The story itself is nothing that special. It's the counterfeit rise and then real fall of a poor Irish family in the early 20th century. The titular Juno is the female head of a small household of four with two adult children, and the paycock is the male head. Juno's level-headed while her husband, Jack, spends as much of his time drinking in a bar as possible. The girl, Mary, is courting a young man while the boy, Johnny, lost his arm in the Irish Civil War while fighting with the IRA. There's a good amount of time trying to set up all four characters, but most of the time is really dedicated to Jack, the vessel through which most of the exposition flows.
The story turns when they discover a relative has died and left them several thousand pounds. Their hardscrabble life is over. Jack's drinking away all of their extra money is done. Immediately Juno goes out and starts taking out large loans for furniture and other items around the house. Mary gets the attention of a new beau who whisks her away from her current beau, Jack feels like a big man around town, and Johnny stays remote and hidden in the background, consumed about news that started the movie of one of his friends from the IRA having gotten killed. The treatment of Johnny is the only real cinematic touch in the entire film. As conversation goes on around him, the camera pushes in to watch him at key points of the film. It's probably the only way to highlight him since he's so quiet through much of the story anyway.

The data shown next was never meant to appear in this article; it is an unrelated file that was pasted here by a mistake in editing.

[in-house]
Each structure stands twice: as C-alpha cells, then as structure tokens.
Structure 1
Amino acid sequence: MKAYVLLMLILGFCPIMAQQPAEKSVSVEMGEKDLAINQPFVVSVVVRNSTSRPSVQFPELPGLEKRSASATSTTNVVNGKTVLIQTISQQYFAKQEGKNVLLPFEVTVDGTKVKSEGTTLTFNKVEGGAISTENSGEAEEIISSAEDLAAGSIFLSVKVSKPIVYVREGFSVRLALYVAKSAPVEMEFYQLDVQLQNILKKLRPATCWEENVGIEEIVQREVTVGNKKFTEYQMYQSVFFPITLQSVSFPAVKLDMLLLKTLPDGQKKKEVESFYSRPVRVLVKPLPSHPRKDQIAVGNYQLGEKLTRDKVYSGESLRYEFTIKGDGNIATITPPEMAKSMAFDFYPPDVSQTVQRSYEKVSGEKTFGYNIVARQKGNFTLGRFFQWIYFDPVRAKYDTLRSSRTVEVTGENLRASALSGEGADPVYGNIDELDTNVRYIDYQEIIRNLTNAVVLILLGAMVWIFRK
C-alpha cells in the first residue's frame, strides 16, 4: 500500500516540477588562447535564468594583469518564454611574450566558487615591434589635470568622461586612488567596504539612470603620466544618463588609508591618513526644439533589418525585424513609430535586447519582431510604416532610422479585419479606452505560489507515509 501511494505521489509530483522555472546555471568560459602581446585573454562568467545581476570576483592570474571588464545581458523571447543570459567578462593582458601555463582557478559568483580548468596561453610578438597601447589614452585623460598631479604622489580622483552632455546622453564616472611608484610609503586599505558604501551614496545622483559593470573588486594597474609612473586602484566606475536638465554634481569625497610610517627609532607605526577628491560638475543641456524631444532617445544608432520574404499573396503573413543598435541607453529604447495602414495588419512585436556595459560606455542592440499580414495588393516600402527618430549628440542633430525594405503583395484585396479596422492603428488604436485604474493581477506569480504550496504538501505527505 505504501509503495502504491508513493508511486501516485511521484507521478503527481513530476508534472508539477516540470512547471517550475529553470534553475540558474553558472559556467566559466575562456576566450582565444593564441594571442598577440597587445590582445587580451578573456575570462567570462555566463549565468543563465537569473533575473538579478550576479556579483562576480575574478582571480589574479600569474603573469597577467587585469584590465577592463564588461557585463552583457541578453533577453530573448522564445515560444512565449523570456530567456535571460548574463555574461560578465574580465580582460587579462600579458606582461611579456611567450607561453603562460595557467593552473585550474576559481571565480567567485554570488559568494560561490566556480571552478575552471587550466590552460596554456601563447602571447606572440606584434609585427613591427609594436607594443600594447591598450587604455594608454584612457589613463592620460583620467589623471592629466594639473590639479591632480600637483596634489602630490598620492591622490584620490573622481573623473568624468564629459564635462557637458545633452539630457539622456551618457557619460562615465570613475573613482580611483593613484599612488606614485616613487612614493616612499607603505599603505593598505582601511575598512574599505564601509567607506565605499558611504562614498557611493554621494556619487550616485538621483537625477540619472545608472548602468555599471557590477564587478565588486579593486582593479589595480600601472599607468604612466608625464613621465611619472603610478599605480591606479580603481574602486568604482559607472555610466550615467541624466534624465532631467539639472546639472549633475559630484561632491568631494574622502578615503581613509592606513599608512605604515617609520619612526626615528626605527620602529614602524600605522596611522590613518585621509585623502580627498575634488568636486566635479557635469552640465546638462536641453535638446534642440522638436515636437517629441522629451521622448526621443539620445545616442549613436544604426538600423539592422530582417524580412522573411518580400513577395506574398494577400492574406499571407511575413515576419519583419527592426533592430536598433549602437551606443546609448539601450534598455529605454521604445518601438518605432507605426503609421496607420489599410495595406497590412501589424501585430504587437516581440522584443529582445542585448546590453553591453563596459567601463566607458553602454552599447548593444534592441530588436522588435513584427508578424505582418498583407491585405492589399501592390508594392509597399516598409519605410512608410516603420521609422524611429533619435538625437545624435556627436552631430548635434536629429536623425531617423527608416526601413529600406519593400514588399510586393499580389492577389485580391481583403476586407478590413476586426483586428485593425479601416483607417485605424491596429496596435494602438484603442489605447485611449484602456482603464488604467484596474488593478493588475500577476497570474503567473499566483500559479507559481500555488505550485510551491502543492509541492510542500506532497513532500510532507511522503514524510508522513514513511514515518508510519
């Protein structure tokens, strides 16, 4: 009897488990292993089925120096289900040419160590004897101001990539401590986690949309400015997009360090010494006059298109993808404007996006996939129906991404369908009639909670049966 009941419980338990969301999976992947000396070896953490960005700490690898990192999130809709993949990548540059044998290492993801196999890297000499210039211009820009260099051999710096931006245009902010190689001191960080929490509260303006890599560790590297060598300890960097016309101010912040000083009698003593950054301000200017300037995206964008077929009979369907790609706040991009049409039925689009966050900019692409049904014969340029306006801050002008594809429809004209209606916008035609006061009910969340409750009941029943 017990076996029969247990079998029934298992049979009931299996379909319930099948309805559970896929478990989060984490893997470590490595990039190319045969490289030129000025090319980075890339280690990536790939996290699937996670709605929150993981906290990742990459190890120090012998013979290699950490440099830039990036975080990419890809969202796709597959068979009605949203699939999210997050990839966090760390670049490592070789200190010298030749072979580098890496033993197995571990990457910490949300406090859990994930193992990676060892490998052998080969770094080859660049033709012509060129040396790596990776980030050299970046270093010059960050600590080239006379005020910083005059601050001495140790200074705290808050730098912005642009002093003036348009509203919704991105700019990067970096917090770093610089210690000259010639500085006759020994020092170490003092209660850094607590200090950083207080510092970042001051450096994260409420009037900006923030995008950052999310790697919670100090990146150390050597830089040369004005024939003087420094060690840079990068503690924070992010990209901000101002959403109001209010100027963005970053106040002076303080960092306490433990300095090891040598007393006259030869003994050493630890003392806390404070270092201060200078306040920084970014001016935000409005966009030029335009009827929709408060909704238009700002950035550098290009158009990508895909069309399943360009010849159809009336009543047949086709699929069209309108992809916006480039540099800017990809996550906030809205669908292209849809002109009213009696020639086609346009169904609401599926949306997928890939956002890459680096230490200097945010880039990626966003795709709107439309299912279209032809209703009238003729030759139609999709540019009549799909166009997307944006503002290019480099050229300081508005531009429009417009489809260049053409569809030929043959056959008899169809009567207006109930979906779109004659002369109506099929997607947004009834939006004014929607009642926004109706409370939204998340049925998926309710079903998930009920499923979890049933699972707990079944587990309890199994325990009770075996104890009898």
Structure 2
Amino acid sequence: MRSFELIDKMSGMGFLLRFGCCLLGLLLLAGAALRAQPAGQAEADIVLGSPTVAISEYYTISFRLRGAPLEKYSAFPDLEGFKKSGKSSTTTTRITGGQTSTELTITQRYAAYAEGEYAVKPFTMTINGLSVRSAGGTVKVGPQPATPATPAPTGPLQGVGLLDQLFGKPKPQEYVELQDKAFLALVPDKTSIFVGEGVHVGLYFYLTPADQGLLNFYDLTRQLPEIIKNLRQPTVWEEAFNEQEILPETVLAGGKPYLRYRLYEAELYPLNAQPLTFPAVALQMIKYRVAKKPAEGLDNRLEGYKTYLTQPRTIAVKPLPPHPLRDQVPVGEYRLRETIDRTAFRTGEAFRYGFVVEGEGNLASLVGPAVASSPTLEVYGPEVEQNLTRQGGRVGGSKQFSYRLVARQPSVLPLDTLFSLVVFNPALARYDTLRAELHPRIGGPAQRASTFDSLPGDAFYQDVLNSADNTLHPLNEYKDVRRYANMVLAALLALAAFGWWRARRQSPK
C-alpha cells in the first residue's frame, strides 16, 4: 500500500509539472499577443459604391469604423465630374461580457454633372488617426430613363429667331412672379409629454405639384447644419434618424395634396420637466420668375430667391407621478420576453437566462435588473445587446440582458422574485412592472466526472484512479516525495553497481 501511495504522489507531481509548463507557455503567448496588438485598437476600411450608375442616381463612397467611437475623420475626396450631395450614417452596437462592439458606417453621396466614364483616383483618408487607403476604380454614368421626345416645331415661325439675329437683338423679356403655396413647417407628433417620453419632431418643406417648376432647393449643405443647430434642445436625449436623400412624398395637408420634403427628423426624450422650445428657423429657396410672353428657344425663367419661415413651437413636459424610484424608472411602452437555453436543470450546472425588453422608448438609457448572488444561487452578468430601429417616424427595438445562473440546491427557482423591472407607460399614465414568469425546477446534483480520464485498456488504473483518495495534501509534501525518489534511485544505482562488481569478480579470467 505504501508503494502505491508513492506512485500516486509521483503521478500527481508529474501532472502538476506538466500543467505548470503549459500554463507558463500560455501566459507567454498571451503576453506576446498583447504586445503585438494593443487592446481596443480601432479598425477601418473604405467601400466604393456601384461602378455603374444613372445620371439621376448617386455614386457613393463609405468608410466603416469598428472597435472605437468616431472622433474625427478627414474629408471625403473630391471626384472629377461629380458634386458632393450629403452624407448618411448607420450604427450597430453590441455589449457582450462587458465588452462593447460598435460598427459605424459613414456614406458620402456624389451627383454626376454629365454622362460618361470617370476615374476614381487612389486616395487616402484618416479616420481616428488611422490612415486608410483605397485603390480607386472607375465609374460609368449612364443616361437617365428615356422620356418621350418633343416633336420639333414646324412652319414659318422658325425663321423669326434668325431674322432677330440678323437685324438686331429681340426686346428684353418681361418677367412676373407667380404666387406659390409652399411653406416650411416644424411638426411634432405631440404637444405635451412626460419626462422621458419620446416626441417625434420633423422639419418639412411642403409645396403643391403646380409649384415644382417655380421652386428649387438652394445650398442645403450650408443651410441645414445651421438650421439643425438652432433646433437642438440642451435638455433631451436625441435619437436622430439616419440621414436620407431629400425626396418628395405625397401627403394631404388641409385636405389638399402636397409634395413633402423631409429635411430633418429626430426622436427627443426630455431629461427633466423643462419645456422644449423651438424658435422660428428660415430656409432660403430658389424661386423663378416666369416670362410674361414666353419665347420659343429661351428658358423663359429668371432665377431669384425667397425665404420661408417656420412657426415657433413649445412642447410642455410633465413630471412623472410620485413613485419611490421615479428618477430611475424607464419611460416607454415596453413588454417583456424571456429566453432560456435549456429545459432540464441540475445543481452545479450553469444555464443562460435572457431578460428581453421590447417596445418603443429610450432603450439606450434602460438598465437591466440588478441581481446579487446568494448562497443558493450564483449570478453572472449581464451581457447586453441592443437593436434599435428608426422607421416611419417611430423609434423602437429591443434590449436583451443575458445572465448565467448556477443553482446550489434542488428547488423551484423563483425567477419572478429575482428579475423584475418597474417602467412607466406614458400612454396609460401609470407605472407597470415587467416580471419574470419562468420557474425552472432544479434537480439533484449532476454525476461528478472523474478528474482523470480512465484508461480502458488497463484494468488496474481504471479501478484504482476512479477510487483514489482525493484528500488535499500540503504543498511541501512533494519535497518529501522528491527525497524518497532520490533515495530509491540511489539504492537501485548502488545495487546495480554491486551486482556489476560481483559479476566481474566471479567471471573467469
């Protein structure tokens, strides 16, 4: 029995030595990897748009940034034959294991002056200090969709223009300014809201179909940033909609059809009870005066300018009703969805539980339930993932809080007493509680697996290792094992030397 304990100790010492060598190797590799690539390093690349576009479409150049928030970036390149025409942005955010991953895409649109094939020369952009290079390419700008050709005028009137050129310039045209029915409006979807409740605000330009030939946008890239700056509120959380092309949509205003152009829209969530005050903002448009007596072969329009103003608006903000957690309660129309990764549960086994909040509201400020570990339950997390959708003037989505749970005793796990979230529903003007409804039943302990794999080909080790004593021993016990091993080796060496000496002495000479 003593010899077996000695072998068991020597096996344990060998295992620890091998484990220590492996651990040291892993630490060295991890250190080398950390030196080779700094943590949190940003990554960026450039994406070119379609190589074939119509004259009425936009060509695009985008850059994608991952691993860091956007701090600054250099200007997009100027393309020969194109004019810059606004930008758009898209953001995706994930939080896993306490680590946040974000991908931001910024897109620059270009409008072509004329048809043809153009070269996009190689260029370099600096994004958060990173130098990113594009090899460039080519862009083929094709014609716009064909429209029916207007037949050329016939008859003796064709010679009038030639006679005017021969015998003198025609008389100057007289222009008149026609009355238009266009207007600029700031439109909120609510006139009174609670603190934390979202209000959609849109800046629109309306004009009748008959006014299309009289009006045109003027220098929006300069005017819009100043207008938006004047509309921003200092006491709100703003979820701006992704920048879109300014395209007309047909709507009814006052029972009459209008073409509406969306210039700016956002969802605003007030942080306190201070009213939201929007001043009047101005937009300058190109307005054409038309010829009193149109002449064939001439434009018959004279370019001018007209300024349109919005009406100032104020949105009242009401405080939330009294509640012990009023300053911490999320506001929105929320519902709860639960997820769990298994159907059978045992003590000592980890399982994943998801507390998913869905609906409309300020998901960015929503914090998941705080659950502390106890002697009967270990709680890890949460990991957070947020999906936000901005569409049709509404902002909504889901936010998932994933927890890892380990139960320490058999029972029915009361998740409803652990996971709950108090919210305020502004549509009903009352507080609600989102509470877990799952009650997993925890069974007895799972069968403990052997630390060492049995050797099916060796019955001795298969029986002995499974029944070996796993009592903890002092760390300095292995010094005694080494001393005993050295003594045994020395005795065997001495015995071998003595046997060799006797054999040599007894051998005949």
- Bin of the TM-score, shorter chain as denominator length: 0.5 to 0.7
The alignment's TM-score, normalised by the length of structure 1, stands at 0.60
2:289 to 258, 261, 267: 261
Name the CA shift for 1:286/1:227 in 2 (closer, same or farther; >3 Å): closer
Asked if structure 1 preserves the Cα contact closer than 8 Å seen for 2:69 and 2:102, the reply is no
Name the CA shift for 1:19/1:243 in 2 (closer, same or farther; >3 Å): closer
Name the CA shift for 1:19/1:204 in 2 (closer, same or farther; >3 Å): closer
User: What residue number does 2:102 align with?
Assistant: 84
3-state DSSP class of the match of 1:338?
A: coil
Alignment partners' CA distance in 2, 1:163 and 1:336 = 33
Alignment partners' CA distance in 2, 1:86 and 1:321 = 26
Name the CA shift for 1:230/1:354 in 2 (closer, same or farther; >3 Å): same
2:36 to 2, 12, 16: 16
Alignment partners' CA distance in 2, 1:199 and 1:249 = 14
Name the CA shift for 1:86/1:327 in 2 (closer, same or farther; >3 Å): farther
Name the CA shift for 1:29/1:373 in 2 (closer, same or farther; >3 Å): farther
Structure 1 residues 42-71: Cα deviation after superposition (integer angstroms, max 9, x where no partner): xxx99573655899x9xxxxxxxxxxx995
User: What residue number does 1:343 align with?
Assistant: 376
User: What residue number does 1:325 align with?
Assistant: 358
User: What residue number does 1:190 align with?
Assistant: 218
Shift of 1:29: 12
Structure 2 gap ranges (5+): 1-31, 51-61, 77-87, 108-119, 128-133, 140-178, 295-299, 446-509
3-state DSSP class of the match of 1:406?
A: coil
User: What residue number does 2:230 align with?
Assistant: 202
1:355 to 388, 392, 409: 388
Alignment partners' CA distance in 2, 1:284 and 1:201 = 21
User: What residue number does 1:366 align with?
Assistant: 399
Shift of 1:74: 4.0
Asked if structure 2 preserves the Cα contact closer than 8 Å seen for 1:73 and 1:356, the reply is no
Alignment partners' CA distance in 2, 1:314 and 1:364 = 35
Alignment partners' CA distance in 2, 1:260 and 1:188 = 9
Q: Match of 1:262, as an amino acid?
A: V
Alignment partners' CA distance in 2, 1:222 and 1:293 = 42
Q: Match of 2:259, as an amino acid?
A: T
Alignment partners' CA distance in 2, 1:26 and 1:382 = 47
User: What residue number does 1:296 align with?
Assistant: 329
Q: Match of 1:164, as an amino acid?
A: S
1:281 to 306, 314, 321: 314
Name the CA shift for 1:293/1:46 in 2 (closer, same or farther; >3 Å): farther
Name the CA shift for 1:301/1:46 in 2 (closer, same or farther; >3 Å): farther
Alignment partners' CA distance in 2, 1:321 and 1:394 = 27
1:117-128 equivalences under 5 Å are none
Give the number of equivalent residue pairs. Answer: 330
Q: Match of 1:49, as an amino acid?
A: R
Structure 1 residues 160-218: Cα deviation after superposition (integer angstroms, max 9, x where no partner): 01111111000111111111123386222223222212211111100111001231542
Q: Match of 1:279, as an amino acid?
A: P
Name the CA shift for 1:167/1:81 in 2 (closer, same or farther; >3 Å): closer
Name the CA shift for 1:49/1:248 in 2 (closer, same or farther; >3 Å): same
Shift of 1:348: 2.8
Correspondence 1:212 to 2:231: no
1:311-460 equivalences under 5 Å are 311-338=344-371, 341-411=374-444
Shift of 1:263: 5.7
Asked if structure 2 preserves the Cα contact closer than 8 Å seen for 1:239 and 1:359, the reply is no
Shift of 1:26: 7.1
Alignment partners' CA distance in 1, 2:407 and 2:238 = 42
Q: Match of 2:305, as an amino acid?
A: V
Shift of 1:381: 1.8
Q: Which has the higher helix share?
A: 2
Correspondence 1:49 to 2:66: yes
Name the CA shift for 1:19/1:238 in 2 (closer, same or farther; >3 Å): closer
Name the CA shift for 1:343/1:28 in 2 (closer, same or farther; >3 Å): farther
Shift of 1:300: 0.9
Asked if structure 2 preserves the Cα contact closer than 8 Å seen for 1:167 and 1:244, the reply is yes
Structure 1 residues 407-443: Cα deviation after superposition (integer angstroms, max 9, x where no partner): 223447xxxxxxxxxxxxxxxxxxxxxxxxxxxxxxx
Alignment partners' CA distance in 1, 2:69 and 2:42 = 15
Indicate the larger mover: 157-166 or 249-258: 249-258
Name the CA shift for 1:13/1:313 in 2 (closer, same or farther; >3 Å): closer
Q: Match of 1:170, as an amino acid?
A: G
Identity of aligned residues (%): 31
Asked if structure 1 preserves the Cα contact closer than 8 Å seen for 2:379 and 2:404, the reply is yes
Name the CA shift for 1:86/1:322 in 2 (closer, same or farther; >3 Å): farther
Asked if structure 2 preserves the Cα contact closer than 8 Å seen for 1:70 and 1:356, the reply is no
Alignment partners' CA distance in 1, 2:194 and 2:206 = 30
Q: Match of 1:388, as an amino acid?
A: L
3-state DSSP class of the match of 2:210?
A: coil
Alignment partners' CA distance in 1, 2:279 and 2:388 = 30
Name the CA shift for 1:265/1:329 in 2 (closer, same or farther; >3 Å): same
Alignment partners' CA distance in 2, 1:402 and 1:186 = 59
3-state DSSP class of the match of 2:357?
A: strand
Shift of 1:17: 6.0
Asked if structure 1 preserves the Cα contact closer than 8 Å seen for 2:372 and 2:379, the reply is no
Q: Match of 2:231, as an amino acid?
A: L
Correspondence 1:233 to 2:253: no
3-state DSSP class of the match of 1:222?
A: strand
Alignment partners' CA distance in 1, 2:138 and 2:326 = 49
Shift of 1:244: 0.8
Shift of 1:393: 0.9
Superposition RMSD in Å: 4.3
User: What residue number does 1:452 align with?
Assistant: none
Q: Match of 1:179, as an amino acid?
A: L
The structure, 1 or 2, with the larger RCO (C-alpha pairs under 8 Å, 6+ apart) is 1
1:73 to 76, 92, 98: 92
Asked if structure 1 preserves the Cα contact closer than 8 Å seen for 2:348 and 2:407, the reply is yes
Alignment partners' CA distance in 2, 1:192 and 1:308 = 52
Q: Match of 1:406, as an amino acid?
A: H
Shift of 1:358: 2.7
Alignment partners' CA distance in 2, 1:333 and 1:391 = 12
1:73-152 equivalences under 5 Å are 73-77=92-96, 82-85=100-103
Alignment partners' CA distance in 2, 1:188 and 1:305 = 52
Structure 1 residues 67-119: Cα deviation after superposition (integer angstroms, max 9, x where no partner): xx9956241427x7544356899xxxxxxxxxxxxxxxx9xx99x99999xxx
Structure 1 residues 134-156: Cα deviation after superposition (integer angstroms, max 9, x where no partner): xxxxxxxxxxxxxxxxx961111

The predictable thing happens and the money from the relative doesn't come through. Seriously, the second I saw Juno in the furniture shop taking on the debt, I knew there wasn't going to be any actual money for the family. The family then gets brought low. They have to sell everything from the new furniture to the old to settle their debts. Mary's new beau disappears after he impregnates her, leaving her a ruined woman in 1924 Ireland and disowned by her father. Johnny gets carried away as an informer by other members of the IRA. Jack takes the last of his money from his shoe and goes off to have a drink. Juno's left alone in the empty apartment, wailing about the fate of her family.